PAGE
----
Travel Insurance for people over 80 years of age
Specialist providers are now entering the fast growing over 80s travel market.
What if I fall ill abroad?
For the over 80s who don’t want to spend their life savings on hospital costs abroad, medical cover is key.
According to the Foreign & Commonwealth Office, just 2 days in a general ward in Spain could sting you £1,600. For 2 days in intensive care, reckon on £5,000.
As you’d expect America and Canada are more expensive destinations than Europe. In the US where there are no special arrangements for British visitors, you might need to take out a second mortgage to pay hospital bills.
Treatment for a broken hip - one of the most common injuries in people over 80 - could set you back between £20,000-£30,000.
Can I get cover for an existing medical condition at my age?
Yes. You can insure almost any condition nowadays, even terminal illness.
Most people over 80 have some form of pre-existing medical condition (eg heart disease, diabetes, arthritis, stroke, cancer, high blood pressure). The risk of something going seriously wrong is much greater for you than for someone in their teens or 20s, thus the higher premiums.
Unless your condition is very complicated, you should be able to buy cover online, after answering medical screening questions. Keep a note of medicines handy when you apply as you may be asked for details.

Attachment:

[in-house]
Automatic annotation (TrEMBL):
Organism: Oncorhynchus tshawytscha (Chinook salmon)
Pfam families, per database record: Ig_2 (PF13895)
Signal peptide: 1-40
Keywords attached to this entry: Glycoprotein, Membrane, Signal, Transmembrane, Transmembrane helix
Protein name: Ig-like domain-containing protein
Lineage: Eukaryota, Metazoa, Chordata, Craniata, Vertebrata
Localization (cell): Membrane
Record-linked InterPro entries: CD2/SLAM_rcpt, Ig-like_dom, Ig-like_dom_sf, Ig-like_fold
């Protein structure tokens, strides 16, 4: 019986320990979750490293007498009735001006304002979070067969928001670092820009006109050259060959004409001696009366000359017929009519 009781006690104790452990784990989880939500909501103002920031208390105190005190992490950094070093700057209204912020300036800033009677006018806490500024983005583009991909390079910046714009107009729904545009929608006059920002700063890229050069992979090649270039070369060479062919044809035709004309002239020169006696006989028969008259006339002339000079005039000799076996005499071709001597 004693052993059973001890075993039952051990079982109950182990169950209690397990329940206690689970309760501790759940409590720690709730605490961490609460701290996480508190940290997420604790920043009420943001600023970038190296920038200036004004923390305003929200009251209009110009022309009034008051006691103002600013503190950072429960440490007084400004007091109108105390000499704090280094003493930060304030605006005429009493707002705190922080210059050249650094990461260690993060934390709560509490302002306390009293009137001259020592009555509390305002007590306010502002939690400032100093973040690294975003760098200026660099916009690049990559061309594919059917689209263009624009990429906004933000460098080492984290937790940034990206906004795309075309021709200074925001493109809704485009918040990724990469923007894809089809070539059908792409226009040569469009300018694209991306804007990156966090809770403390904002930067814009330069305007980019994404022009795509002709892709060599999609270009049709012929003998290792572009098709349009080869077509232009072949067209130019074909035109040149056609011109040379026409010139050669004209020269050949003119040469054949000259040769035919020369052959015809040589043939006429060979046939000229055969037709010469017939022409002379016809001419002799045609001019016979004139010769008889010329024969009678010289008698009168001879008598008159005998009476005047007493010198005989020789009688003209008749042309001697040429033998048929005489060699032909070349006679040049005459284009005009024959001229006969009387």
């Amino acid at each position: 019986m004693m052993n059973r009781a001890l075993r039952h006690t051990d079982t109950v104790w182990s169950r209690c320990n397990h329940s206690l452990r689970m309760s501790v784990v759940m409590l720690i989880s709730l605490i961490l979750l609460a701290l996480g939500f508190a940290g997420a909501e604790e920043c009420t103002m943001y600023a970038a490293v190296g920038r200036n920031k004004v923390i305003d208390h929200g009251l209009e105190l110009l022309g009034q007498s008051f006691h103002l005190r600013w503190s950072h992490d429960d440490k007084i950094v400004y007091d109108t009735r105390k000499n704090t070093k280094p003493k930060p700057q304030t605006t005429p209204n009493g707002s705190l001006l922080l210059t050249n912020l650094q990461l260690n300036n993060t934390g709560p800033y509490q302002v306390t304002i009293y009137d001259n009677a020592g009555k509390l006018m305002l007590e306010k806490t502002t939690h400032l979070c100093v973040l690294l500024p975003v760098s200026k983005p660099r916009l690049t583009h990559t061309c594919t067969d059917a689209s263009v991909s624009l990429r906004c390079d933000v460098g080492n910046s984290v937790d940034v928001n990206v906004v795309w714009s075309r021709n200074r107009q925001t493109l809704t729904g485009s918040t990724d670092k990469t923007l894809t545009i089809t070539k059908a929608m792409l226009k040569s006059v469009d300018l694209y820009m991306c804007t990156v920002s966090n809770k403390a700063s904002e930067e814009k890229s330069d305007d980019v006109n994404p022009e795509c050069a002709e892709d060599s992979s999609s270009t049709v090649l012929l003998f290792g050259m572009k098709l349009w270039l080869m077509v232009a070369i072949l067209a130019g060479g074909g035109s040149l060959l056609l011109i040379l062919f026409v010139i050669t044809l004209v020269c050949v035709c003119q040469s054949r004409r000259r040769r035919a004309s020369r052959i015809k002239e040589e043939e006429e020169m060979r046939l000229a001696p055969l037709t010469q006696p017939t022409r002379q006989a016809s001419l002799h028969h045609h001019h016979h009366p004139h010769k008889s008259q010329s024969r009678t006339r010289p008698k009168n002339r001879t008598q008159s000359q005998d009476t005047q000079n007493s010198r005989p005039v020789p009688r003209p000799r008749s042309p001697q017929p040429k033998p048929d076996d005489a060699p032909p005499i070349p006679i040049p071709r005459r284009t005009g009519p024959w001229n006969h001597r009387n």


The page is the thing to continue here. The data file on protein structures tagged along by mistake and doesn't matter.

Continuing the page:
Some insurers provide free cover for less serious conditions (eg mild asthma).
Buying online or by phone to get instant cover means you’re immediately protected against cancellation, important if the holiday is expensive.
Remember that an undeclared pre-existing medical conditions will invalidate any claim you make for related healthcare costs.
EHIC Card scam
Don’t be fooled by internet sites that try to charge you or to pay to renew it. The card is free from the Government’s own website. Valid for 5 years, renewal is free, too.
Always take the EHIC card with you for holidays in Europe. It entitles you to any necessary medical treatment in countries inside the European Economic Area (EEA). Treatment is sometimes free with a valid EU Health Insurance Card but not always.
Surgery, aftercare and repatriation can easily cost over £1million, so it's vital to have good travel health insurance cover for medical mishaps.
Remember too that the EU medical card only covers necessary treatment in state-run hospitals. It’s not unknown for Spanish hotels to send sick tourists to private clinics where they’re charged over the odds for treatment they thought would be free with their EHIC.